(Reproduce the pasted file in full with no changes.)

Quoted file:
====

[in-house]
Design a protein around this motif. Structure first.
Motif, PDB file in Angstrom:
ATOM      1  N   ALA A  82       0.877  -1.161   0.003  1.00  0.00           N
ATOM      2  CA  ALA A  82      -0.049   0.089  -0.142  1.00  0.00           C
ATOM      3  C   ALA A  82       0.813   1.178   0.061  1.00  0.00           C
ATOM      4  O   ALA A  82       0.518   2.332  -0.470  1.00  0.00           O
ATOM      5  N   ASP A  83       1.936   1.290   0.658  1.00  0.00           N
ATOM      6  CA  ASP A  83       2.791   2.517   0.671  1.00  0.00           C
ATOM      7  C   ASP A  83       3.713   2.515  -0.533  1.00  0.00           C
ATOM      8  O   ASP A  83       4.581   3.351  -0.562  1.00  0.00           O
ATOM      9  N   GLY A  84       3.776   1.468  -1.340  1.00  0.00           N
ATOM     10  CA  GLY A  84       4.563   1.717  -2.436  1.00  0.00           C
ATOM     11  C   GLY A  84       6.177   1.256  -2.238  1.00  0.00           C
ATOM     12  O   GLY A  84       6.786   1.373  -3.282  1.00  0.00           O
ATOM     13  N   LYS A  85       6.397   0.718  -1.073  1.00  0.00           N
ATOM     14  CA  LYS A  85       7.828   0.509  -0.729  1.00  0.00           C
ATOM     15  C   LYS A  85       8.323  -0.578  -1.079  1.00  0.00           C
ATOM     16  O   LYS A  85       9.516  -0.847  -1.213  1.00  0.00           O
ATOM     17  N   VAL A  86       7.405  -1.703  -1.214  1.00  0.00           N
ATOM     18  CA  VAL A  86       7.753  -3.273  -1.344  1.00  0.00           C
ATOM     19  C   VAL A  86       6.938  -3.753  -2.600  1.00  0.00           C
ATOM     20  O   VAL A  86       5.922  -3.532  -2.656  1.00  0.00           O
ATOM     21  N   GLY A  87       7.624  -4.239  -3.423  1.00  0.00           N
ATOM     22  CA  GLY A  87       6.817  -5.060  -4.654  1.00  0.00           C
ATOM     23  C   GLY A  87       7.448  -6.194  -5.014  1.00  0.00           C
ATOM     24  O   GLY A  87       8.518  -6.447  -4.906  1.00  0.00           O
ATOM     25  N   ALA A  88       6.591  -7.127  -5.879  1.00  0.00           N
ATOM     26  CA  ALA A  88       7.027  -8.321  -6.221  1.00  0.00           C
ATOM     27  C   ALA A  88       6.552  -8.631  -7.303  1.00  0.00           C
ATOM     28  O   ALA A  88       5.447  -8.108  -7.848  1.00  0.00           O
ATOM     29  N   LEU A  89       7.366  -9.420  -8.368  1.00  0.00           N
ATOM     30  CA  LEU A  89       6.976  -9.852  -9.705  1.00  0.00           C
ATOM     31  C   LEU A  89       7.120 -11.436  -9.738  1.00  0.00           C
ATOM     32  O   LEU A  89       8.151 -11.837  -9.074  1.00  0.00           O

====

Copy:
[in-house]
Design a protein around this motif. Structure first.
Motif, PDB file in Angstrom:
ATOM      1  N   ALA A  82       0.877  -1.161   0.003  1.00  0.00           N
ATOM      2  CA  ALA A  82      -0.049   0.089  -0.142  1.00  0.00           C
ATOM      3  C   ALA A  82       0.813   1.178   0.061  1.00  0.00           C
ATOM      4  O   ALA A  82       0.518   2.332  -0.470  1.00  0.00           O
ATOM      5  N   ASP A  83       1.936   1.290   0.658  1.00  0.00           N
ATOM      6  CA  ASP A  83       2.791   2.517   0.671  1.00  0.00           C
ATOM      7  C   ASP A  83       3.713   2.515  -0.533  1.00  0.00           C
ATOM      8  O   ASP A  83       4.581   3.351  -0.562  1.00  0.00           O
ATOM      9  N   GLY A  84       3.776   1.468  -1.340  1.00  0.00           N
ATOM     10  CA  GLY A  84       4.563   1.717  -2.436  1.00  0.00           C
ATOM     11  C   GLY A  84       6.177   1.256  -2.238  1.00  0.00           C
ATOM     12  O   GLY A  84       6.786   1.373  -3.282  1.00  0.00           O
ATOM     13  N   LYS A  85       6.397   0.718  -1.073  1.00  0.00           N
ATOM     14  CA  LYS A  85       7.828   0.509  -0.729  1.00  0.00           C
ATOM     15  C   LYS A  85       8.323  -0.578  -1.079  1.00  0.00           C
ATOM     16  O   LYS A  85       9.516  -0.847  -1.213  1.00  0.00           O
ATOM     17  N   VAL A  86       7.405  -1.703  -1.214  1.00  0.00           N
ATOM     18  CA  VAL A  86       7.753  -3.273  -1.344  1.00  0.00           C
ATOM     19  C   VAL A  86       6.938  -3.753  -2.600  1.00  0.00           C
ATOM     20  O   VAL A  86       5.922  -3.532  -2.656  1.00  0.00           O
ATOM     21  N   GLY A  87       7.624  -4.239  -3.423  1.00  0.00           N
ATOM     22  CA  GLY A  87       6.817  -5.060  -4.654  1.00  0.00           C
ATOM     23  C   GLY A  87       7.448  -6.194  -5.014  1.00  0.00           C
ATOM     24  O   GLY A  87       8.518  -6.447  -4.906  1.00  0.00           O
ATOM     25  N   ALA A  88       6.591  -7.127  -5.879  1.00  0.00           N
ATOM     26  CA  ALA A  88       7.027  -8.321  -6.221  1.00  0.00           C
ATOM     27  C   ALA A  88       6.552  -8.631  -7.303  1.00  0.00           C
ATOM     28  O   ALA A  88       5.447  -8.108  -7.848  1.00  0.00           O
ATOM     29  N   LEU A  89       7.366  -9.420  -8.368  1.00  0.00           N
ATOM     30  CA  LEU A  89       6.976  -9.852  -9.705  1.00  0.00           C
ATOM     31  C   LEU A  89       7.120 -11.436  -9.738  1.00  0.00           C
ATOM     32  O   LEU A  89       8.151 -11.837  -9.074  1.00  0.00           O